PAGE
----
Corneal Biomechanics Losses Caused by Refractive Surgery

Bao, FangJun, Lopes, Bernardo T, Zheng, XiaoBo, Ji, YuXin, Wang, JunJie and Elsheikh, Ahmed ORCID: 0000-0001-7456-1749
(2022) Corneal Biomechanics Losses Caused by Refractive Surgery. Current Eye Research, 48 (2). pp. 1-7.

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Recent advances, specifically in the understanding of the biomechanical properties of the cornea and its response to diseases and surgical interventions, have significantly improved the safety and surgical outcomes of corneal refractive surgery, whose popularity and demand continue to grow worldwide. However, iatrogenic keratectasia resulting from the deterioration in corneal biomechanics caused by surgical interventions, although rare, remains a global concern. On one hand, in vivo biomechanical evaluation, enabled by clinical imaging systems such as the ORA and the Corvis ST, has significantly improved the risk profiling of patients for iatrogenic keratectasia. That is despite the fact the biomechanical metrics provided by these systems are considered indicators of the cornea's overall stiffness rather than its intrinsic material properties. On the other hand, new surgical modalities including SMILE were introduced to offer superior biomechanical performance to LASIK, but this superiority could not be proven clinically, creating more myths than answers. The literature also includes sound evidence that tPRK provided the highest preservation of corneal biomechanics when compared to both LASIK and SMILE. The aim of this review is twofold; to discuss the importance of corneal biomechanical evaluation prior to refractive surgery, and to assess the current understanding of cornea's biomechanical deterioration caused by mainstream corneal refractive surgeries. The review has led to an observation that new imaging techniques, parameters and evaluation systems may be needed to reflect the true advantages of specific refractive techniques and when these advantages are significant enough to offer better protection against post-surgery complications.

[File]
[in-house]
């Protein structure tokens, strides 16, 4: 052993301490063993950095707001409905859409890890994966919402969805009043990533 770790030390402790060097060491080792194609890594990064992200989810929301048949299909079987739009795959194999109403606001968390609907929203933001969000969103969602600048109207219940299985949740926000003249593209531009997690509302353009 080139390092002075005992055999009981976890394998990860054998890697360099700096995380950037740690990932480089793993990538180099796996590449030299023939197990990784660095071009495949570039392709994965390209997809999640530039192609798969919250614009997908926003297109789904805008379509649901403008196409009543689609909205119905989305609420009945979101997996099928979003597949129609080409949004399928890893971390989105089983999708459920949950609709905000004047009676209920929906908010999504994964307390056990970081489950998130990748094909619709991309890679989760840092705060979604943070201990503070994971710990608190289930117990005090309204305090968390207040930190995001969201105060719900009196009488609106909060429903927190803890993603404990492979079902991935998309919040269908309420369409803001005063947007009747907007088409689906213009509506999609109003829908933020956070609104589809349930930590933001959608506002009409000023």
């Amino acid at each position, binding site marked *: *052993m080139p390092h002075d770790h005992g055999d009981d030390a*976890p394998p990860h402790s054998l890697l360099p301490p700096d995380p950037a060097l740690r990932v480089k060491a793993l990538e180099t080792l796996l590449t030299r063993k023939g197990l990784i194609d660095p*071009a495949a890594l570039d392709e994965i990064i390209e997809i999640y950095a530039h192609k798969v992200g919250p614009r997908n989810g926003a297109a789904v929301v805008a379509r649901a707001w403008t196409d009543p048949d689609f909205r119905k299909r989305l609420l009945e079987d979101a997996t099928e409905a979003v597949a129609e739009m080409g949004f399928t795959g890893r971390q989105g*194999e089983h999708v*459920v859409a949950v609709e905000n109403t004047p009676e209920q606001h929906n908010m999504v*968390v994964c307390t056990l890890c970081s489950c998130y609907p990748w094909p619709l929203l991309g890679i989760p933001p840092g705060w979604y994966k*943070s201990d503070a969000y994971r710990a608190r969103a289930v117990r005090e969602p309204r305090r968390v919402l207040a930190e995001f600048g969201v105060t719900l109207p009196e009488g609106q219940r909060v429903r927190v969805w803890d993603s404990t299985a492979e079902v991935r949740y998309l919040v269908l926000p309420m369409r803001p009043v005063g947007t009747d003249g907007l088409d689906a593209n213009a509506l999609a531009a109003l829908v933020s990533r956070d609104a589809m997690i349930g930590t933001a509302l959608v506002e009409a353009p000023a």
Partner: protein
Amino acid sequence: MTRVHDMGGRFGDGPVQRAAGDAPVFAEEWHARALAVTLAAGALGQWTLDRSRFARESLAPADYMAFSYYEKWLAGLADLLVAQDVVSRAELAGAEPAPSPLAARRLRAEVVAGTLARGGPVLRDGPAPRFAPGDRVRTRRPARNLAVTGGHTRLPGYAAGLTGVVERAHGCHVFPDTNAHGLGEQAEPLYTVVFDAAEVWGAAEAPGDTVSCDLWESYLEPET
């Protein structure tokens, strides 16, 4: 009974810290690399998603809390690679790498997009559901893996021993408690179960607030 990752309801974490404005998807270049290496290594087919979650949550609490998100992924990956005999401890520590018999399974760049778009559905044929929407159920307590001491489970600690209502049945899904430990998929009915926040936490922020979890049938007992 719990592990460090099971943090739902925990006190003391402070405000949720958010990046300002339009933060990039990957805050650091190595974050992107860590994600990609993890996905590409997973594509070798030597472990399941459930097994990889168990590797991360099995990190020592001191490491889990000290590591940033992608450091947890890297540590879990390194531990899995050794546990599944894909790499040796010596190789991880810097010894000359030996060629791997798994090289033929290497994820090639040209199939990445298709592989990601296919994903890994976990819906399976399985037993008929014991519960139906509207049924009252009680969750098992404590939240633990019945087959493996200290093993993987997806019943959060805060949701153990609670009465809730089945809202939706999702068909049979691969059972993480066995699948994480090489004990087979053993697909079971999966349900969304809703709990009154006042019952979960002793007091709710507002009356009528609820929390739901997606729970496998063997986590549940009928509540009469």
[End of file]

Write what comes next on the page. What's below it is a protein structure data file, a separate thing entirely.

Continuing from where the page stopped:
Item Type: Article
Uncontrolled Keywords: Keratectasia, corneal refractive surgery, ORA, Corvis ST, in vivo corneal biomechanics
Divisions: Faculty of Science and Engineering > School of Engineering
Depositing User: Symplectic Admin
Date Deposited: 30 Aug 2022 09:56
Last Modified: 24 Aug 2023 01:30
DOI: 10.1080/02713683.2022.2103569
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